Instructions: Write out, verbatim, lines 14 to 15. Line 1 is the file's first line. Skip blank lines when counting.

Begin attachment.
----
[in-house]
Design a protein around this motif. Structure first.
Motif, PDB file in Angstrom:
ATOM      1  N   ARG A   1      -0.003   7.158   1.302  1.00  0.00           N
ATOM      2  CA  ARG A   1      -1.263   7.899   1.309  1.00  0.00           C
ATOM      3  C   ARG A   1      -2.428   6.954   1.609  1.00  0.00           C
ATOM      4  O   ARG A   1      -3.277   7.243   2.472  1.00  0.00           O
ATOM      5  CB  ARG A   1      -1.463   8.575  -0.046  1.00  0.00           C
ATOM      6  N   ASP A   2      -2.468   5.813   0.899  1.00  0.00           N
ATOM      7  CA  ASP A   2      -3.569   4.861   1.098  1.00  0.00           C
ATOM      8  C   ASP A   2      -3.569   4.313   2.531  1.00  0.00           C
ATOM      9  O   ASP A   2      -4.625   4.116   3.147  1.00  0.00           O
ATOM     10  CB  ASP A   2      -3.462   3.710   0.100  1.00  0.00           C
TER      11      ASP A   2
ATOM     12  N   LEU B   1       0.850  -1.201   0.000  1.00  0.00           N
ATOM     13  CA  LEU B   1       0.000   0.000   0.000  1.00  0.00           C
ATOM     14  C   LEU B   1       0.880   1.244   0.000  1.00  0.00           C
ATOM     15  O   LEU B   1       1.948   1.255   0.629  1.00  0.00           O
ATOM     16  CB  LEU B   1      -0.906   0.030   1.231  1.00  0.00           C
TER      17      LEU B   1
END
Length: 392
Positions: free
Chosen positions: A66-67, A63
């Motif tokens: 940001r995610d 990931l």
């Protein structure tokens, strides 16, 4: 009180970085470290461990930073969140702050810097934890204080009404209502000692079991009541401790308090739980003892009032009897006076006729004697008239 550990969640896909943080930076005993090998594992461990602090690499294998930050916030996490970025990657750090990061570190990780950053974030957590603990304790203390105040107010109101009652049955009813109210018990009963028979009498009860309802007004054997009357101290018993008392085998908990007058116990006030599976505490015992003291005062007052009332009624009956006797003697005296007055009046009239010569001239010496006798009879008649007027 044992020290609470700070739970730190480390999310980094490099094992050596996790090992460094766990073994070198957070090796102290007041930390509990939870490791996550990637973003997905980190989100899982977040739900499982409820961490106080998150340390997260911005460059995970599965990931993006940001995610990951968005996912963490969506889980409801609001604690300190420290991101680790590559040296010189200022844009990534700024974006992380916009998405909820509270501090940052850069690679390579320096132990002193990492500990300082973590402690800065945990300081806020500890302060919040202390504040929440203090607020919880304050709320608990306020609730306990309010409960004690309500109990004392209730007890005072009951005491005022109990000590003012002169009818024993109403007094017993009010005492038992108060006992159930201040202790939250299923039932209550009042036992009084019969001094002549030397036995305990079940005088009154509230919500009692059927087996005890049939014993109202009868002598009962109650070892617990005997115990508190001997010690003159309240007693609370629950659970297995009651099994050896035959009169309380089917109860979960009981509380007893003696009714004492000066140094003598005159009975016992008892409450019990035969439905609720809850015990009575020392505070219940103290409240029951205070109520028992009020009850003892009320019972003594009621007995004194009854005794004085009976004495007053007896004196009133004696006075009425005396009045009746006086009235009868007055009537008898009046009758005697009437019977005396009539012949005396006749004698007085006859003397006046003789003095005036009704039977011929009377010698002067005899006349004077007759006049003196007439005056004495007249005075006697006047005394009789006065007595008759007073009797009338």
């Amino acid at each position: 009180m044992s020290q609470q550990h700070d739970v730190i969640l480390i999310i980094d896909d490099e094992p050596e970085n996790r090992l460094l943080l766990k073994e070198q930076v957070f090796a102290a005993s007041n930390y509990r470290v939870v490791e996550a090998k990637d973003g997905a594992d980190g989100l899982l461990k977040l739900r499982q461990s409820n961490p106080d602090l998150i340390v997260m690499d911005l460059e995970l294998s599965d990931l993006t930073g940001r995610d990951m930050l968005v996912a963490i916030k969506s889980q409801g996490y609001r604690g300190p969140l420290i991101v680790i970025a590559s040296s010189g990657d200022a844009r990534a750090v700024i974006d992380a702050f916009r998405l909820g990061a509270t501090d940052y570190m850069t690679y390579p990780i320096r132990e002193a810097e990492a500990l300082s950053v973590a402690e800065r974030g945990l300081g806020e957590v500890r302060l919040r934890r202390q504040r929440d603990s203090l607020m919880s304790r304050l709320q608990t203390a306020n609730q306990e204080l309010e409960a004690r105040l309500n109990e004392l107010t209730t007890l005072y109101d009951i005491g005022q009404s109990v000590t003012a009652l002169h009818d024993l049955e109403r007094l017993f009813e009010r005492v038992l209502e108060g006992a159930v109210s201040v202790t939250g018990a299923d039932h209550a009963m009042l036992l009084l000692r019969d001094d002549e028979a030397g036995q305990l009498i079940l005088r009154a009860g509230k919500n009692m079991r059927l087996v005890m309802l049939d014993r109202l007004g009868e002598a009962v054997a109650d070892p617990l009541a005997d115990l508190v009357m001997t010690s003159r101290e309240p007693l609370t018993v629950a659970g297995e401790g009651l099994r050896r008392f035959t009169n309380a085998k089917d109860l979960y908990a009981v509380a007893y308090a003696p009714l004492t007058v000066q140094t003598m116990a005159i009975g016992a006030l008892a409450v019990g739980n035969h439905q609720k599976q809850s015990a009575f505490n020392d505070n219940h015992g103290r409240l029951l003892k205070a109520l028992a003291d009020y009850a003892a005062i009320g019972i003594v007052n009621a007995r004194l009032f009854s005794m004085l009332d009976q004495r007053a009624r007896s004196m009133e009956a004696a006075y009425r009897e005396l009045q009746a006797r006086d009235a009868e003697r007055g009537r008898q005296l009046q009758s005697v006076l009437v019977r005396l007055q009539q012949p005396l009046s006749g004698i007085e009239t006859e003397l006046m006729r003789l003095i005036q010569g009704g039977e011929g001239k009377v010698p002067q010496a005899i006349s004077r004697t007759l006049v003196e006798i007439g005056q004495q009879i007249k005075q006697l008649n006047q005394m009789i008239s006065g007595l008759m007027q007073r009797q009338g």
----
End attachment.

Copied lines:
TER      11      ASP A   2
ATOM     12  N   LEU B   1       0.850  -1.201   0.000  1.00  0.00           N